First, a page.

Why are home runs down? Is Vladimir Guerrero Jr. the best hitter in the world? Answering 20 early MLB questions

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Two weeks into the Major League Baseball season, offense is down, home runs are disappearing, complete games are nonexistent and the overreaction machine is working in overdrive.

You have questions. We have answers.

It feels like my team isn't scoring very much. Am I wrong?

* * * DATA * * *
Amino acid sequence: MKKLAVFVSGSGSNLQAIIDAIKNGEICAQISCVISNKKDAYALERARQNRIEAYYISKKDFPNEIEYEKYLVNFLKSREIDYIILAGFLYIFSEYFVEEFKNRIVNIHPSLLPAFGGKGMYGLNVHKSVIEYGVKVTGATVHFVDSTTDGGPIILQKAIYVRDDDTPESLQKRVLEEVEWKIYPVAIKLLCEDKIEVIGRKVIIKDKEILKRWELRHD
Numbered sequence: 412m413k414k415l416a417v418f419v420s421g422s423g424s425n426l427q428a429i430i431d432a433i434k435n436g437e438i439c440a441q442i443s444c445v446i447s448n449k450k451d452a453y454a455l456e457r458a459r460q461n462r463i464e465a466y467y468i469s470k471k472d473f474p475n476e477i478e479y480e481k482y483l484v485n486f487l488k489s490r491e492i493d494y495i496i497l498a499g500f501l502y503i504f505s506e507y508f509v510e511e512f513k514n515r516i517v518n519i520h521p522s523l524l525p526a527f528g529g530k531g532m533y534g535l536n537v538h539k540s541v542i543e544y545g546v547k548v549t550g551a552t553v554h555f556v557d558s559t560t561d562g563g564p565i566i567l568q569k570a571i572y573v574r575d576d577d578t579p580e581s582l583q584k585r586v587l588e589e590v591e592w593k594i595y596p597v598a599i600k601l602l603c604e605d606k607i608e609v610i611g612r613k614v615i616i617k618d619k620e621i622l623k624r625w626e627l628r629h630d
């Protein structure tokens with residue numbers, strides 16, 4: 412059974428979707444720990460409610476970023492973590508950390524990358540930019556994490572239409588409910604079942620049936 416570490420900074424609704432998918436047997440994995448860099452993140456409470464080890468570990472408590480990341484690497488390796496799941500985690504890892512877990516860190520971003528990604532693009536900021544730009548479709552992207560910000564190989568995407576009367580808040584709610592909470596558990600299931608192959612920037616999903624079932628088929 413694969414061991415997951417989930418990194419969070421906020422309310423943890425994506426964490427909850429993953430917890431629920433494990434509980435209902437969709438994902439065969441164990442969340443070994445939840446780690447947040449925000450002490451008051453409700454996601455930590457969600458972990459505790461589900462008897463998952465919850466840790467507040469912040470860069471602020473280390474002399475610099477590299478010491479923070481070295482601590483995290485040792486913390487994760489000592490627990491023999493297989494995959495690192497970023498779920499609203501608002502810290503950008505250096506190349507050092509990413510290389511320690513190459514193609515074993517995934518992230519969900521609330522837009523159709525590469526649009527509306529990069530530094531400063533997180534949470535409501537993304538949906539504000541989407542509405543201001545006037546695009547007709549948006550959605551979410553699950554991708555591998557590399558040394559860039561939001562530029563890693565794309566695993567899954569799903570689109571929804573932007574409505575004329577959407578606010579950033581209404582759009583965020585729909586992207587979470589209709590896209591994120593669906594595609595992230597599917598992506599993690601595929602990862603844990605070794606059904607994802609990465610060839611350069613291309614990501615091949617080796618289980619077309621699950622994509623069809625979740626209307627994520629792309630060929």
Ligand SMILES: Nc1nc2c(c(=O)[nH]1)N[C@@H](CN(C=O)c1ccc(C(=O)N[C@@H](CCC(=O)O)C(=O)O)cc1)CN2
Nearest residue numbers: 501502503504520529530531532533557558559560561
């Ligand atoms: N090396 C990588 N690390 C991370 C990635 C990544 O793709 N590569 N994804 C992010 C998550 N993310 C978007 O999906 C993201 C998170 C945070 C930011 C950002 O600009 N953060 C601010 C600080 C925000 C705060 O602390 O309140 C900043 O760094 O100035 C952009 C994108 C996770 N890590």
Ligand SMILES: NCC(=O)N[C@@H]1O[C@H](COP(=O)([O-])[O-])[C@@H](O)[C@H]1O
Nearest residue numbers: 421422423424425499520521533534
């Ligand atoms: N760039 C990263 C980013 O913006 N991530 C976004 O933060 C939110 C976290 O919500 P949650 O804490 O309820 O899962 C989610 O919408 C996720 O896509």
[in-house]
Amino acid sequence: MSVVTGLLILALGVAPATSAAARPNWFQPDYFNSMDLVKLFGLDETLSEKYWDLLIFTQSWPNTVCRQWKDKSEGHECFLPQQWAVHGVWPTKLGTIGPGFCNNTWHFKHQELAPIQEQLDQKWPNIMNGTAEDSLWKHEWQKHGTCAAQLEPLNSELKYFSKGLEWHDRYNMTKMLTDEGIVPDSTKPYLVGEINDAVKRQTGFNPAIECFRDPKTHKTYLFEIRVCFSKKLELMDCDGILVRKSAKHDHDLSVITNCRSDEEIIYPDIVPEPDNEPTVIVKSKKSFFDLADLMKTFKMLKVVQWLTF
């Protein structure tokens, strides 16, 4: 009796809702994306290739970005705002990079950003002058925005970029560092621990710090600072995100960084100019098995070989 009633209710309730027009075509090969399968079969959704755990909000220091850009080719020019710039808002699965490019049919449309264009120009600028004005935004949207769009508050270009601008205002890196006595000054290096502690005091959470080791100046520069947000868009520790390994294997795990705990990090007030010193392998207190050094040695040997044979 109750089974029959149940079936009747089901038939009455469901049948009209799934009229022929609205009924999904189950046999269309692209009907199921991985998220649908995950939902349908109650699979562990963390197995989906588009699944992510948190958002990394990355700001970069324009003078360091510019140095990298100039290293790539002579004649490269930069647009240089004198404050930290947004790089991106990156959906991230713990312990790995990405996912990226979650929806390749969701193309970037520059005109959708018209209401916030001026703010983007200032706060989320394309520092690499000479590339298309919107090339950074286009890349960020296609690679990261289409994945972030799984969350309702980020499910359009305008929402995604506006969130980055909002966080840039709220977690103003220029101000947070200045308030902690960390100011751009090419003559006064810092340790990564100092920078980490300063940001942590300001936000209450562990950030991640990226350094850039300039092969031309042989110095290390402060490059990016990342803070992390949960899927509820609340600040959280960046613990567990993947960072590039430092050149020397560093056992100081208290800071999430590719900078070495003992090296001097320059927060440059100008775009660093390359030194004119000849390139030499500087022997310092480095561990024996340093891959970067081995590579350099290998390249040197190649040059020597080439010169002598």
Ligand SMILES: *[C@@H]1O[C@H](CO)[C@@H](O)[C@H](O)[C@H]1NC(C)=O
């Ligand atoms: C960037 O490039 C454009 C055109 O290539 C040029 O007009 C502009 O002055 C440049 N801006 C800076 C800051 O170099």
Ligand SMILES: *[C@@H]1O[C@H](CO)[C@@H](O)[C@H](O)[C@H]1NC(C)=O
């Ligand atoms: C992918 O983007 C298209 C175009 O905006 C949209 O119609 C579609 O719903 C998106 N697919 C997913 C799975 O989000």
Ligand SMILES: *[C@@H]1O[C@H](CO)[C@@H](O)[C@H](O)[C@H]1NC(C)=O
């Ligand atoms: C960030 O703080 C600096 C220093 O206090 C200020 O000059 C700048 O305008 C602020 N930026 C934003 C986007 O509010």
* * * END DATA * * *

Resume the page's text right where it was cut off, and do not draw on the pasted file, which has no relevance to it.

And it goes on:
Nope. Scoring has dropped, and it's almost entirely attributable to one big change from last year. This year's batting average (.234) is identical to last year's through 10 team games. On-base percentage is up .001. But the leaguewide slugging percentage is down from .392 each of the past two years to .380 this season. Accordingly, runs per game have dipped from 4.44 last season to 4.22 this year -- nearly a 5% decrease.

And that's because home runs are down. Like, way down, as the numbers from ESPN Stats & Information's Mike Bonzagni show. And while the rates certainly grow as the weather warms, numbers since MLB introduced Statcast starting in 2015 indicate the difference between those exhibited through 10 games aren't altogether different from a full 162-game season.